I still laugh about one of the times she visited me for an extended time. It was a full house. All three of my kids. Both of her boys. Me and my husband. And Chelle. Well, if you know anything about me or my family, you can well imagine we didn’t have a quiet house. (Still, one of my greatest joys when it’s a full, loud house.) There were boys peacock calling each other from one end of the house to the other. Two of the kids playing a very intense Wii game. The Dobie loving the action with an occasion bark. One kid watching TV. I’m just walking through the house trying to talk over it while I am trying to clean the kitchen or grab laundry or bark orders to one group of kids or another. Well, there Michelle sat on the couch flipping through a People magazine as calm as can be and said, “Boy is your house loud.” Never looking up (and her voice never above a normal conversational tone) and just went right on reading her magazine. It struck me at that moment it was the perfect Jenn vs Michelle moment. I’m swimming through the chaos not even noticing it was loud and chaotic while she was very aware and totally unflappable (and slightly amused) by it.
We were best friends. We had a relationship no one in this world was privy to. We had a bond that no one in this world had. We had secrets that no one in this world will ever know. She and I had something that I will never have with anyone else in this world. No one knows what we had because it was ours. No one. Because that’s what sisters do for each other. They carry each others’ secrets, share each others’ joys, and share each others’ burdens. No one can know one hundred percent about another person and I don’t claim to here. We weren’t perfect but we were pretty damn good sisters to each other.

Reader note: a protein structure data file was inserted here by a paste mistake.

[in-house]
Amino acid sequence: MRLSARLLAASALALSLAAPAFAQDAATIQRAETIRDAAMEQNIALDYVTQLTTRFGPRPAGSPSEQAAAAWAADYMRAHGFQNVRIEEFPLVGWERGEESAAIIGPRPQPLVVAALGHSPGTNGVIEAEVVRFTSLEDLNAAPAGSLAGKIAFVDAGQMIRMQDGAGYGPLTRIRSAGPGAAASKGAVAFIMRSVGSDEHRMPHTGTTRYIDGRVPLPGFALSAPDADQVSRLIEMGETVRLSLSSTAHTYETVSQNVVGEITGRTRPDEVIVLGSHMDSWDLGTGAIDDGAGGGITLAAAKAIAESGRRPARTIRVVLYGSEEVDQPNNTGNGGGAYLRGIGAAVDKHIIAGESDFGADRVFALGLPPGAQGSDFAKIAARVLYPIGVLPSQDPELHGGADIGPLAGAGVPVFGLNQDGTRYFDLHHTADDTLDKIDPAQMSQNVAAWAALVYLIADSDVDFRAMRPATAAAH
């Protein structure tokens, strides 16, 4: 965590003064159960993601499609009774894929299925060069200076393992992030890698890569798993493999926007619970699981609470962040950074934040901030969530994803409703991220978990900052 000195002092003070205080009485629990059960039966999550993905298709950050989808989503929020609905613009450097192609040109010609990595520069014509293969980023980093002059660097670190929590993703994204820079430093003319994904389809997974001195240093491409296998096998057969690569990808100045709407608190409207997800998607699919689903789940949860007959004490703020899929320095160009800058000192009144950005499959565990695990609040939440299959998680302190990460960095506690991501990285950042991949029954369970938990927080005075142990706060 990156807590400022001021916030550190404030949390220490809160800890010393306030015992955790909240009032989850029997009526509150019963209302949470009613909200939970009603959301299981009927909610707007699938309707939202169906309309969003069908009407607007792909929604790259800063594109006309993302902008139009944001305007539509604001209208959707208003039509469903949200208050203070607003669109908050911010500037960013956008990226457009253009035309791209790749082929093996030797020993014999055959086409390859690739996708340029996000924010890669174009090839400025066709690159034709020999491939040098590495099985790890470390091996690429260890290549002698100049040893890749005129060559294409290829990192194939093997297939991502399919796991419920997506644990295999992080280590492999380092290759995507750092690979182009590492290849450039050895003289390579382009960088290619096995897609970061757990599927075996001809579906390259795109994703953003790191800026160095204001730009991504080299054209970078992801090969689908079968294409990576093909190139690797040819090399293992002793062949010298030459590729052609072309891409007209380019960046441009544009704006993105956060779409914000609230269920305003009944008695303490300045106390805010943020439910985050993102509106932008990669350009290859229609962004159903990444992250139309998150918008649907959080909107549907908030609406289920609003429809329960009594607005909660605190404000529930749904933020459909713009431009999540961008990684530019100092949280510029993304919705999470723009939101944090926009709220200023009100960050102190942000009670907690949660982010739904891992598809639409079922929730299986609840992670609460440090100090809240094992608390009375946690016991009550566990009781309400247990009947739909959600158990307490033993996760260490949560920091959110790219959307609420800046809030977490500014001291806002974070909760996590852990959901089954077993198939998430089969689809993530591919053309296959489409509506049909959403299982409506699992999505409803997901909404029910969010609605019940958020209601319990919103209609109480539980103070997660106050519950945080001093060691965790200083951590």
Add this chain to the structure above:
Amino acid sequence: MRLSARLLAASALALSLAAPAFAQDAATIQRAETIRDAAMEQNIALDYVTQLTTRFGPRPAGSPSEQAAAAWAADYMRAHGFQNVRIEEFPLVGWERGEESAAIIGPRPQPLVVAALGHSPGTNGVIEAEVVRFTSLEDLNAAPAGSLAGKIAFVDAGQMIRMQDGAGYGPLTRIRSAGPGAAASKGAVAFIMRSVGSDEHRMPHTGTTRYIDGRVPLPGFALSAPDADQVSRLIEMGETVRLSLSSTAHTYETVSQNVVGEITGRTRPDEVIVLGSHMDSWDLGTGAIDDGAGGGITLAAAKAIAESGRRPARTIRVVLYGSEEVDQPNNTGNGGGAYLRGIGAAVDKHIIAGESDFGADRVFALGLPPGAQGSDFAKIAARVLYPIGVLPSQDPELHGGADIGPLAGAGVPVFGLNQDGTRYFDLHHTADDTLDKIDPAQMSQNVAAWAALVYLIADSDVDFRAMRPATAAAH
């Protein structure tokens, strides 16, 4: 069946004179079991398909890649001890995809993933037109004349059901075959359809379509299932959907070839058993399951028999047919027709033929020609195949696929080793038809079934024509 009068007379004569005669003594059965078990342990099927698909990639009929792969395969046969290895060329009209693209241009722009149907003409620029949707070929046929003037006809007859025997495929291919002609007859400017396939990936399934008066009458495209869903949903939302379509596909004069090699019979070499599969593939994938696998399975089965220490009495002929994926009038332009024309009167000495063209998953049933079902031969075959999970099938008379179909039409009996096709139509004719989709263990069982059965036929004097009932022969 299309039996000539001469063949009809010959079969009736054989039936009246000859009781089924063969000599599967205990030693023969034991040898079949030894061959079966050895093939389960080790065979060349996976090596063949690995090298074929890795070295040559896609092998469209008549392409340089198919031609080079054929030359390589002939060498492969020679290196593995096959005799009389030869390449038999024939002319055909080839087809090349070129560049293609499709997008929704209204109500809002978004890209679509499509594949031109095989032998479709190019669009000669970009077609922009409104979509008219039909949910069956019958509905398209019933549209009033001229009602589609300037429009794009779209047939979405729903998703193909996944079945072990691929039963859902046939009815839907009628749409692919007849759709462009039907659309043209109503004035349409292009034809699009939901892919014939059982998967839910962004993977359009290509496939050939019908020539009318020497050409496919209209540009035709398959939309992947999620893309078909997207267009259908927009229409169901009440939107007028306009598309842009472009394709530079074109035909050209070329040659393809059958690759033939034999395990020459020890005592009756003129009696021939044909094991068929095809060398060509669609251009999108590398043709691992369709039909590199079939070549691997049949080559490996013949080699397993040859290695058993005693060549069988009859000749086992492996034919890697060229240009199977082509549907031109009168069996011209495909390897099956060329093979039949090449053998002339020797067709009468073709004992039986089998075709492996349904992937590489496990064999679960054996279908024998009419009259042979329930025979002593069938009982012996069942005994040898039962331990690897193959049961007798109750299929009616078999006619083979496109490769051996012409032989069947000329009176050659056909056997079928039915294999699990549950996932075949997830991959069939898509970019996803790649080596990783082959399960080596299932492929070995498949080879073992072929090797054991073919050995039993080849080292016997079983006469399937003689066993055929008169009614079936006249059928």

I don’t know how to do this. I have picked up the phone more than once to call her and tell her about the latest thing I found on Amazon. Or the latest celebrity gossip. Or the calls I go to make when I need her the most. When I am hurting. When I am scared about life changes. When I need to talk to her about our kids in college and how much we miss them. Or to cry over a really hard situation we should be helping each other through but that I am now navigating all alone.
And the phone call that is the worst of the worst, when the only person I want to talk to and the only person who knows me the way she did, the person who could help me through my pain is the one phone call I want to make to make the most. I want to talk about how much it hurts that my sister died. And how hard it is. And how fucking hard it is to breathe sometimes because I cannot imagine this world without her. She was my person. She would know what to say. If she didn’t, she would at least talk to me and help me through it. She would be with me. And now? She is the only person who can never help me through this and it sucks. It is the hardest thing I have ever had to deal with in my life.
This hurts. Oh, my sweet lord, this hurts. Unlike anything. And I know I will never be the person I was before she died. There is “before Jenn” and “after Jenn” and my job is to make sure that I find a way to make “after Jenn” have a life that means something. For her. For me. For all of us that were left behind.
But for now? I’m going to have to try to figure out what that picture looks like. I don’t know how. But I will. In time.